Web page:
Sanchez's Multicultural Roots
Sanchez grew up in the New York City borough of Queens — one of the most diverse places in the United States, according to the 2010 Census. Her father is Jamaican with Panamanian ancestry and, her mother is from Barbados. She was the first person in her family to go to college, and will be the first to earn a doctorate.
While the Multicultural Resource Center is new to UCSF, Sanchez is not. She has worked at UCSF seven years, in the UCSF Helen Diller Family Comprehensive Center and the Office of Research. Most recently, she served as assistant director of the Center for Gender Equity, where she conducted leadership development programming and ran a mentorship program before it closed in December as part of the reorganization of diversity-related efforts. Sanchez also has taught basic self-defense on campus and has been an advocate for victims and survivors of intimate partner violence, an area in which she is a certified counselor.
Sanchez is working on her doctorate at the University of San Francisco in International and Multicultural Education, with an emphasis on human rights education and second-language acquisition. She has traveled extensively and loves to take photographs with her Nikon D3000.
When asked how she is managing to squeeze in everything, she laughed. “I don’t have a life,” Sanchez said. “But it’s good. It’s kind of serendipitous because this is exactly what I’ve been studying for many years: human rights, and globalization and gender issues. These are all topics and issues that I’m so passionate about. Now, suddenly, it doesn’t feel like work.”
Not long ago, Sanchez did a UC Extension workshop called “Multicultural and cross-generational communication in the workplace and beyond.” Reflecting on that experience, she said, “What’s so valuable is that it opens the door to let you look inside yourself. One of the things that will be very beautiful about this multicultural center is if I can create a space where we have discussions openly and compassionately, and talk about things that are uncomfortable and taboo in a respectful and enriching way.”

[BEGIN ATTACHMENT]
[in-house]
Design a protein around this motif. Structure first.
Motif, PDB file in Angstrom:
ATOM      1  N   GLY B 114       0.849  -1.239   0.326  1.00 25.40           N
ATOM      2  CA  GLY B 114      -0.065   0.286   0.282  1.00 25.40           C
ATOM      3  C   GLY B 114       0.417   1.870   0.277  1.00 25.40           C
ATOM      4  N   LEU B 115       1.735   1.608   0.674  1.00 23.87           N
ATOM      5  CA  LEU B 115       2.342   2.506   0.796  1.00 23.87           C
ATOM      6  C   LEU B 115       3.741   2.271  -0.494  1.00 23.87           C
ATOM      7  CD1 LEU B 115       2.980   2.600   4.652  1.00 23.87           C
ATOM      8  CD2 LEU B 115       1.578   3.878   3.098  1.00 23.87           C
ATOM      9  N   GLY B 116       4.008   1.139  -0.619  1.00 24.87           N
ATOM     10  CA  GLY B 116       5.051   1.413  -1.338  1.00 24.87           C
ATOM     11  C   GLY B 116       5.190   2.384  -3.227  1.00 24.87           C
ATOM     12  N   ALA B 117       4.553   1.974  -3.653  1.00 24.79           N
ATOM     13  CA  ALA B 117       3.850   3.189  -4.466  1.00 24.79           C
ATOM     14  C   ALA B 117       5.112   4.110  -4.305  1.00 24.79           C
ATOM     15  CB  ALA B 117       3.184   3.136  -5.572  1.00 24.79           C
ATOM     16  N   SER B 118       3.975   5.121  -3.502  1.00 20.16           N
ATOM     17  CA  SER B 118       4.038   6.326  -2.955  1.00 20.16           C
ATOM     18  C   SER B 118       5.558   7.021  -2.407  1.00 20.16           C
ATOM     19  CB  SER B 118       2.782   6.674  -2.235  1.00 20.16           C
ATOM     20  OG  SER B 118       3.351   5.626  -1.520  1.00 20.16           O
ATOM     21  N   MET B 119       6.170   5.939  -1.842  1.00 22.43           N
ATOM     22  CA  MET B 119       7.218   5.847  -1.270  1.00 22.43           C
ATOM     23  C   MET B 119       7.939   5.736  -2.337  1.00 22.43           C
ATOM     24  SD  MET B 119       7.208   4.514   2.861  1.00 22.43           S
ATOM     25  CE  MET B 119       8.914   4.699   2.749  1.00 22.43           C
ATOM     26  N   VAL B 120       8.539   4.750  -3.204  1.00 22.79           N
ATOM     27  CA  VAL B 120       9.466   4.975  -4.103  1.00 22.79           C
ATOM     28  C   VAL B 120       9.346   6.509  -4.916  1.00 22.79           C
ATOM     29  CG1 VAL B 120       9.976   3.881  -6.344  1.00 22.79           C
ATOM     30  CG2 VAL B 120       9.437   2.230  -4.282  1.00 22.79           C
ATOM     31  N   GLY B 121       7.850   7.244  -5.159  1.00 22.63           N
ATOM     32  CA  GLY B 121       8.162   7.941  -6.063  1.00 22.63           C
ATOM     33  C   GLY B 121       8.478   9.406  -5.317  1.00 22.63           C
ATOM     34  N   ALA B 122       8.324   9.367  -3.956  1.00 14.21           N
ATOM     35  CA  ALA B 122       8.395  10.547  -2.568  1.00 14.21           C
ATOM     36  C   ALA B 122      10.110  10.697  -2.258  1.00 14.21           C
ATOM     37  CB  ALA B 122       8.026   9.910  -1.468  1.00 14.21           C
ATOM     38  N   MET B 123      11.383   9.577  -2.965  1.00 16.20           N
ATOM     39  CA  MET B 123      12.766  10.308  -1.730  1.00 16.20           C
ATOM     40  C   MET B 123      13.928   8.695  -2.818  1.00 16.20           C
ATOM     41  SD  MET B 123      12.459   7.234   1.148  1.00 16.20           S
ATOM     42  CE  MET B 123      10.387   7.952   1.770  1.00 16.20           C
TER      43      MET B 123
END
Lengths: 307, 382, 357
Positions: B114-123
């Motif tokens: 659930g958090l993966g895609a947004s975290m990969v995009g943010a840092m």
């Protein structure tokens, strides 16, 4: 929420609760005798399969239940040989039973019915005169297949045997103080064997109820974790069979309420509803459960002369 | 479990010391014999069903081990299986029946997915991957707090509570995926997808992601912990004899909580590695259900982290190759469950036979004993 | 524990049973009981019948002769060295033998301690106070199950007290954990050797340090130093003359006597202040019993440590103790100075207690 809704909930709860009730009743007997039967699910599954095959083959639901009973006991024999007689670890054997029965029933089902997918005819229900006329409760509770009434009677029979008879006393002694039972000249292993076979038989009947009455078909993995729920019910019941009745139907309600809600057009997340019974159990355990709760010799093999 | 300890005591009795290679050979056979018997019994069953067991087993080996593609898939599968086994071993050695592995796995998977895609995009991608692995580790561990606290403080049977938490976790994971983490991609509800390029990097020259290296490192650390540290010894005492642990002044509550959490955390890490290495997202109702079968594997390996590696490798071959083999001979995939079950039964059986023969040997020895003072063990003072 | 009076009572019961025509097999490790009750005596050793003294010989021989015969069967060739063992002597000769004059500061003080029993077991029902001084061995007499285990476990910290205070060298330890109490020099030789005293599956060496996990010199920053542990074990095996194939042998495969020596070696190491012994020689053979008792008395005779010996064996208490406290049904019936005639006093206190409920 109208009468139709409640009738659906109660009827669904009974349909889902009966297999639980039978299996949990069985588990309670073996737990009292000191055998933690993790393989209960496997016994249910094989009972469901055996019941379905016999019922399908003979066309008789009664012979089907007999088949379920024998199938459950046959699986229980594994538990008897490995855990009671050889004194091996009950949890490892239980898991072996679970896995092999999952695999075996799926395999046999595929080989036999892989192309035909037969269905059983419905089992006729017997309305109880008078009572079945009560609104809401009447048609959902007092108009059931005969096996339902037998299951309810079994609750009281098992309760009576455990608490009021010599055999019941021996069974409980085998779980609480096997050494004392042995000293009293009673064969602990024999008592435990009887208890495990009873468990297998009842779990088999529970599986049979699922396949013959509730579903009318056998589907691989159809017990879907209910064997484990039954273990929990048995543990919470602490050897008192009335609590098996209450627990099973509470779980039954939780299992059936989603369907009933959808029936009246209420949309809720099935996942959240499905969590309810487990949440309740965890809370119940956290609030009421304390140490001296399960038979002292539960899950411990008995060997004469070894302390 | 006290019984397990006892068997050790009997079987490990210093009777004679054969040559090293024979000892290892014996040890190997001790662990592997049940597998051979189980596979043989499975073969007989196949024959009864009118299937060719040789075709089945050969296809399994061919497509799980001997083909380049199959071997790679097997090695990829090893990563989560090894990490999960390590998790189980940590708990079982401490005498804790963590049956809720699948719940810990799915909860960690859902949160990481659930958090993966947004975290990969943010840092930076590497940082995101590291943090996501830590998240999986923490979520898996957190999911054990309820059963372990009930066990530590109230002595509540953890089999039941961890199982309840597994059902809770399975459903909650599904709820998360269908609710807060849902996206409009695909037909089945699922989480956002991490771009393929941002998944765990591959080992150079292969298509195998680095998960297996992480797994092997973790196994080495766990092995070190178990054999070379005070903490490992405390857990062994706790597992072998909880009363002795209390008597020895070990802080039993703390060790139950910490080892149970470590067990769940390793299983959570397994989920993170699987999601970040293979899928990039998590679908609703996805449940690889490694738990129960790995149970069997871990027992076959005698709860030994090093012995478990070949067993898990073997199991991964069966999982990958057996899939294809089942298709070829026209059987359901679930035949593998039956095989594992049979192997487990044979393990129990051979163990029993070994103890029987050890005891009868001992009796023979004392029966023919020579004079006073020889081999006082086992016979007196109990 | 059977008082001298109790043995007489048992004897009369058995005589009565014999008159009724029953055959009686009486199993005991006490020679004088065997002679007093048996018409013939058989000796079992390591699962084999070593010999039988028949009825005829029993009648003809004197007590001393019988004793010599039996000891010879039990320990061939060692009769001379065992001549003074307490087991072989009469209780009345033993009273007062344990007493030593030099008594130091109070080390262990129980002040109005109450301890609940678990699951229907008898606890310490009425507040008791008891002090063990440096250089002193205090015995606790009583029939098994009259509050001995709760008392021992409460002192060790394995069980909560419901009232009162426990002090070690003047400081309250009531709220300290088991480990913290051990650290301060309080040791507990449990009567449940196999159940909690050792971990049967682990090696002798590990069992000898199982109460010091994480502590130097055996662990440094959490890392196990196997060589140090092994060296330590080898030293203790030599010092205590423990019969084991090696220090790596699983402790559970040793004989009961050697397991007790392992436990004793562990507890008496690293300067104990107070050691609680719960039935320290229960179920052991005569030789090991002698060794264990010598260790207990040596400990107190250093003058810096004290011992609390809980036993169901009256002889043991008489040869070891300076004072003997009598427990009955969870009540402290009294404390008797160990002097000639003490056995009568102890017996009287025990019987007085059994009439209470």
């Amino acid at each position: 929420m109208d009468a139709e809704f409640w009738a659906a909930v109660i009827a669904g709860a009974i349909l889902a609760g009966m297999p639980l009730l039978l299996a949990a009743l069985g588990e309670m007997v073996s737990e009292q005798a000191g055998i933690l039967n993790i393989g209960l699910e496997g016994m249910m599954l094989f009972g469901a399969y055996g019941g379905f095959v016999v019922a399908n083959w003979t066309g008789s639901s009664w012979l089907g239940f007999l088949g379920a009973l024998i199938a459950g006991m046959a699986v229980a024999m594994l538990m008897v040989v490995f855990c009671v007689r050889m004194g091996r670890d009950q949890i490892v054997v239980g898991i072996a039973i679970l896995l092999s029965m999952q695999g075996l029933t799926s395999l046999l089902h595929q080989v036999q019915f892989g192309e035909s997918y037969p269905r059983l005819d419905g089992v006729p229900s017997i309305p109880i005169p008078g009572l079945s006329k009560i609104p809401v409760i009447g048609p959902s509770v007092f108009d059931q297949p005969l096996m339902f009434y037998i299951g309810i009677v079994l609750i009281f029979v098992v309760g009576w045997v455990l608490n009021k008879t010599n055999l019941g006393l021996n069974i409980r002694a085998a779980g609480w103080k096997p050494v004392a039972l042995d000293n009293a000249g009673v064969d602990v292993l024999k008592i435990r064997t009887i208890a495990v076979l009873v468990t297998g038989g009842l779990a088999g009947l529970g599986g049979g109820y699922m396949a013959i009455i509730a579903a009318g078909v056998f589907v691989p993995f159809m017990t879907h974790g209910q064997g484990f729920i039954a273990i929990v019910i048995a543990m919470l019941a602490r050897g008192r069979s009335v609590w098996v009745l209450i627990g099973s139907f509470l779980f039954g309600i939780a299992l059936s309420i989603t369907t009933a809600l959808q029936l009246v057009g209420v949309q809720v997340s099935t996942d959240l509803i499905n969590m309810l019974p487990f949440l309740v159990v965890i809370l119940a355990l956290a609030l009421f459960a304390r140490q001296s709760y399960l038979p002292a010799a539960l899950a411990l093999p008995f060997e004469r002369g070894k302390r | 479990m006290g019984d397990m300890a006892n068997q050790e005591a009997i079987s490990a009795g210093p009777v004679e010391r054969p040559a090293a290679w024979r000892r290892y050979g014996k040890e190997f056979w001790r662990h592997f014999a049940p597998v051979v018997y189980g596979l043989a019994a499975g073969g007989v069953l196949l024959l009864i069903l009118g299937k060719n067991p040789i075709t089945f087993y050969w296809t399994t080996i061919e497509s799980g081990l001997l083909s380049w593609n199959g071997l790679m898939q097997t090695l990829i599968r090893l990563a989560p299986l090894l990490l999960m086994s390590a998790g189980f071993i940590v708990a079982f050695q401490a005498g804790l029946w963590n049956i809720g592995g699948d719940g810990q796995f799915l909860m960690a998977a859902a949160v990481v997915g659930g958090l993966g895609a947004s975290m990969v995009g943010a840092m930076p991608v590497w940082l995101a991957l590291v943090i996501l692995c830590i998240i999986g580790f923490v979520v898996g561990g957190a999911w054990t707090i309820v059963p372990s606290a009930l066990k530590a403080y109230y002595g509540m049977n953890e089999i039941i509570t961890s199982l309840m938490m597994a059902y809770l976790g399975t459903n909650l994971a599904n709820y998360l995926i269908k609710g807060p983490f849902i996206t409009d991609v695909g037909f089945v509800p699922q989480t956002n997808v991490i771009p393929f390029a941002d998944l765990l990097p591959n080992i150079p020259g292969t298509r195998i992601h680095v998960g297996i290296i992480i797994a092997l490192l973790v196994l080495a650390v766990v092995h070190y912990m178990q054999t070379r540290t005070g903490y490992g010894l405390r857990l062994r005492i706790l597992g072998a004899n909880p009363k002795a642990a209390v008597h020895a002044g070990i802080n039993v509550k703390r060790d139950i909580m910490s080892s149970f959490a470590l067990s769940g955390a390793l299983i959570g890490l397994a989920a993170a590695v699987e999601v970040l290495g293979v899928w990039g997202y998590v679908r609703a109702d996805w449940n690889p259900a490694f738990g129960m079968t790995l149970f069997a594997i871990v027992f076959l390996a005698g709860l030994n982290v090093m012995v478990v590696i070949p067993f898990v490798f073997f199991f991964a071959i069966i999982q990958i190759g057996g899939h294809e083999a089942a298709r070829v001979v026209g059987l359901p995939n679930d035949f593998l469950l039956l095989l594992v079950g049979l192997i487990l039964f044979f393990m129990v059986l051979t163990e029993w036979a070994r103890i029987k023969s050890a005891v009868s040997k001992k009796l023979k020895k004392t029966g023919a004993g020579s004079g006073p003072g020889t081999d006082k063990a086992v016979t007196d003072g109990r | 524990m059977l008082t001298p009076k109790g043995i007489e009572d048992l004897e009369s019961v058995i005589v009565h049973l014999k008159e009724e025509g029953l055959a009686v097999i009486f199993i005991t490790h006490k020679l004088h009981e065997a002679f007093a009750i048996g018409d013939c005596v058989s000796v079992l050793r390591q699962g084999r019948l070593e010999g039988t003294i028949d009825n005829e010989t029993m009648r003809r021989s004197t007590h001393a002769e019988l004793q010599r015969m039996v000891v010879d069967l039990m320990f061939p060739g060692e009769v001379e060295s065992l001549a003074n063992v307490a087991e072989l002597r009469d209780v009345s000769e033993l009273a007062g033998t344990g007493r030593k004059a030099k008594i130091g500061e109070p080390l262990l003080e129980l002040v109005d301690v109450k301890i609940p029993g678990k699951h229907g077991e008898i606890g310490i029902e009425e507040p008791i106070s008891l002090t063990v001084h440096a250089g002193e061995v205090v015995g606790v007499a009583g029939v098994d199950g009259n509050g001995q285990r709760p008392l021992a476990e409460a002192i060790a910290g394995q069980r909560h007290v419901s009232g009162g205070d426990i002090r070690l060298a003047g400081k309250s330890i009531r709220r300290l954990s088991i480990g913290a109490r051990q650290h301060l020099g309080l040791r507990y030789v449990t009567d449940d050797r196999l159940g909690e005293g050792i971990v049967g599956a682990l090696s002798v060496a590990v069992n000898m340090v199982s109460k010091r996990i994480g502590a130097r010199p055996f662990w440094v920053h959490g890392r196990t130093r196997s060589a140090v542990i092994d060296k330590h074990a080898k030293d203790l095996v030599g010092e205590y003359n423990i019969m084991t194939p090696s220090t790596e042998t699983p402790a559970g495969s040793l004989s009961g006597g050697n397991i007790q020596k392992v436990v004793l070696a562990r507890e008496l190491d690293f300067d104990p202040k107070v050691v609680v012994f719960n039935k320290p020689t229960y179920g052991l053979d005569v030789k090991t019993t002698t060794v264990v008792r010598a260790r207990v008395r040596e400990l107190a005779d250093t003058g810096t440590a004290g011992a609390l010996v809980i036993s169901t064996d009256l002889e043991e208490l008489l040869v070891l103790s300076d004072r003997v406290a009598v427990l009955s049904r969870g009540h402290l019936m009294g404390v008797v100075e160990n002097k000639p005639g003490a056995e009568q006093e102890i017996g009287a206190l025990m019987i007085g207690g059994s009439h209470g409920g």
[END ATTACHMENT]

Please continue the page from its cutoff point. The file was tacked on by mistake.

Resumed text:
Okoye mentioned an incident a few years ago in which a small group of UCSF medical students broke into pairs, with one playing the doctor and one the patient. A mock patient, who was white, asked the “doctor” for steroids. The mock doctor asked why, and her patient responded, “So that I can run fast like the black girls.”
“The ‘doctor,’ the only African American student in the group, was offended and taken aback,” Okoye said. “No one else seemed to be upset. We need a place to deal with these things as they come up.”
Sanchez is adept at getting dialogues started. At a leadership conference at the Claremont Hotel in Berkeley for underrepresented women students in the health sciences, Sanchez ran a “pillow talk” session in which the women got into their pajamas to make it easier to open up. “It’s just for students,” she said. “Every year a faculty person comes in and we have to kick them out. What happens at the Claremont stays at the Claremont.”
In a recent accreditation report for the School of Medicine by the Liaison Committee on Medical Education, reviewers were excited to learn that UCSF now has a vice chancellor for diversity but asked what the plans were for increasing faculty diversity. It’s an issue that Sanchez knows well.
“A lot of work around diversity is about recruitment,” she said. “But they get here and then what? On campus, there is a tendency for campus departments to operate as little silos —especially since the campus sprawls across the city. It can be very isolating. Over the years, I’ve had staff members tell me in my previous role that they were the only person of color in their department. The only time they felt heard was when they came to my events for women of color.”
Sanchez hopes the Multicultural Resource Center will change that. She recently completed a summer course in Ecuador studying indigenous rights and bilingual education. While she was there, she bought artwork that will be used to help decorate the new place.
“I want the center to look like the community at UCSF,” she said. “And I want everyone to have input into what it looks like.”
Sanchez Photo by Susan Merrell
Navarro Photo by Elisabeth Fall/fallfoto.com